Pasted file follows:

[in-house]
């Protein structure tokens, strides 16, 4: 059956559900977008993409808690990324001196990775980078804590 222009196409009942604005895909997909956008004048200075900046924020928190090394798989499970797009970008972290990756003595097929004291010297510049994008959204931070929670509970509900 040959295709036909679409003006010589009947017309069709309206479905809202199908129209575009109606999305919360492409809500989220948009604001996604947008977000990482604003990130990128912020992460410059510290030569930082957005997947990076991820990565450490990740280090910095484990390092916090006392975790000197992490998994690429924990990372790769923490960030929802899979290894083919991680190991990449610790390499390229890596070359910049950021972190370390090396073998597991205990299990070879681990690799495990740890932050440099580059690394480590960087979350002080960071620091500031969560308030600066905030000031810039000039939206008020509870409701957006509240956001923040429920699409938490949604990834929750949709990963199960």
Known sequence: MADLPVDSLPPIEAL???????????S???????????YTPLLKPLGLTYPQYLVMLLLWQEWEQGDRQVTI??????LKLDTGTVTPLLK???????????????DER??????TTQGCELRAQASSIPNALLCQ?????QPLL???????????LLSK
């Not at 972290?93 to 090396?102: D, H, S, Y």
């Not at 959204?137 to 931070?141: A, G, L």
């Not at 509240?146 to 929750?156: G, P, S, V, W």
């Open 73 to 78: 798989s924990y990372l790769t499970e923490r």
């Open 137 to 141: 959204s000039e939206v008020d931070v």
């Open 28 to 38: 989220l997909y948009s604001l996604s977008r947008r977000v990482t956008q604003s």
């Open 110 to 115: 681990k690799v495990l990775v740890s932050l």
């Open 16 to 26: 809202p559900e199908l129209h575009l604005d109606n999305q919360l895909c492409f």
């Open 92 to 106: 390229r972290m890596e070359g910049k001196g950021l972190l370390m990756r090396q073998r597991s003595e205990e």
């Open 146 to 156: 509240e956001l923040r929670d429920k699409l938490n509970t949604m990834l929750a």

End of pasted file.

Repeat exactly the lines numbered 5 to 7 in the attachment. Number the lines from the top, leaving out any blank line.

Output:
């Not at 959204?137 to 931070?141: A, G, L």
């Not at 509240?146 to 929750?156: G, P, S, V, W």
């Open 73 to 78: 798989s924990y990372l790769t499970e923490r």